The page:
More than 10 years ago I had a coaching client who was the CEO and primary shareholder of a fairly large company.
He was struggling.
As the original founder of the company, he felt a tremendous obligation to his employees, particularly those who had been with him from the beginning, to provide a secure and nurturing environment: a sense of community. At the same time, he also felt a sense of responsibility to the shareholders: some of whom were lifelong friends or family members.
Each and every decision he had to make seemed to be painfully splitting him into different parts of himself. Should he look after the needs and well-being of the people who show up for work every day? Should he be doing the right thing environmentally, and be a good steward to the planet? Or should he be primarily responsible for creating profits as high as possible for the people who have trusted him with their investment?
As it happens, that particular coaching client also had a young family. He was a great dad. They did all kinds of great trips together, some overseas.
One day we had a particular conversation. He was concerned about his eight-year-old daughter’s grades at school, which were slipping. He wanted her to get into the habit of doing well academically, so that she could later have a good chance of getting into a good university. “What about the trip you have planned at Easter time to go skiing in Utah?” I asked him. “Do you think that will directly contribute to her getting better grades?”
“Of course not, what a strange question!” He replied to me.
“And what about the bike rides you all go on together each Sunday, how do they help to improve her grades?” I went on to quiz him about all kinds of things they did together as a family: visiting the grandparents, sports, having friends over for sleepovers, taking care of their animals. It didn’t take him long to see that getting good grades was only one part of his relationship with his children. Having fun, staying healthy, feeling connection with each other, and essentially enjoying being a child were all equally important, and hopefully more important, than a linear measure of academic success.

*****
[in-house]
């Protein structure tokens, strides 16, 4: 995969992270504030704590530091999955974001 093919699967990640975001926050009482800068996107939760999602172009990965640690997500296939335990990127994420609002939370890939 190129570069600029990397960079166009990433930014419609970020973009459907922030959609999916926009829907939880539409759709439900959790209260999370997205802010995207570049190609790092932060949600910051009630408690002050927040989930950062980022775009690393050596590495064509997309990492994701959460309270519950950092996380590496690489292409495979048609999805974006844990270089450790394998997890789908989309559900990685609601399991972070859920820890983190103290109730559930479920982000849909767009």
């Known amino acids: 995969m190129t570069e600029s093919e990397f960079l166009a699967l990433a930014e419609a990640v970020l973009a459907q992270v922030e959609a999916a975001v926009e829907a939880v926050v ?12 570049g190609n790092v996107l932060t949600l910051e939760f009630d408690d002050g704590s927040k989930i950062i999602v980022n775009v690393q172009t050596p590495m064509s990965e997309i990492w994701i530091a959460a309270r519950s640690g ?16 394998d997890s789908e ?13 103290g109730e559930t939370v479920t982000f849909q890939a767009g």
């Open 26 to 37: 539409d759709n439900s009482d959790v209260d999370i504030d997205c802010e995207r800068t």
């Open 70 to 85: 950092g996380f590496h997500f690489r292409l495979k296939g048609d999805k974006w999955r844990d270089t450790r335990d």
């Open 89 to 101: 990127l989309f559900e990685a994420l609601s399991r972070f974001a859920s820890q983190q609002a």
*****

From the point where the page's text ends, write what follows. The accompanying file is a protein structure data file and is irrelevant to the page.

“Besides,” he said “She’s much more likely to do well at school if she feels happy, if she’s creative, if she’s eating well and feeling stimulated.”
I don’t know if he saw it coming, but there it was: the argument that he needed to present to his shareholders. Running a business cannot possibly be reduced down to a simple measurement of quarterly returns. It would be like evaluating raising a family solely on academic grades. Sure, it’s a great thing for your kids to do well at school. But if you measure everything about family life only based on that, you’ve missed out on most of the best things of being a parent.
If we measure the success of a company only based on profit, we’ve missed out on the most inspiring possibilities of creating a sustainable organization.
That conversation with my coaching client happened more than 10 years ago. Since then, the idea of “multiple bottom lines” has become more and more commonly accepted by businesses of all sizes and financial structures. In my 2005 book The Translucent Revolution I tell the story of what happened to BP. Those two letters used to stand for “British Petroleum,” but after some disastrous PR, the company did a dramatic internal restructuring. The same two letters later referred to “Beyond Petroleum,” and the CEO went on record to set a goal to end the company’s involvement in fossil fuels by 2030.
The annual report for two years in a row was titled: “People, Planet, Profit.”
This is often referred to now as PPP by many organizations. The chairman’s introduction at the beginning of the report made it clear that these multiple bottom lines were exactly in that order: first take care of the people who make up the company, second honor the responsibility the company has to treat the planet in a sustainable way, and third be responsible to shareholders to remain profitable.
BP has in fact wobbled since then in its commitment to these values, but the idea of multiple bottom lines has spread far and wide.
In an earlier article in this series I mentioned my friend, who is in a senior position in the HR department of one of the world’s biggest technology companies. You may remember, he saw a statue of Emmeline Pankhurst in London, and it led him to question which of today’s commonly accepted values we would regard as archaic in 30 years. His conclusion was the way we go to work. He actually went on to comment on the “People” part of multiple bottom lines. “It just doesn’t go anywhere near far enough,” he said. “If we compare it to slavery, then many of the perks that companies provide are comparable to slave owners allowing their slaves to sing Spirituals while working. It’s a nice gesture, but slaves are still slaves.”
Many companies today have installed game rooms, happy hour, field trips, and even massage at work in an attempt to take care of the “People” part of PPP.
But many people feel it does not go far enough.
So how do we measure what is “going far enough?”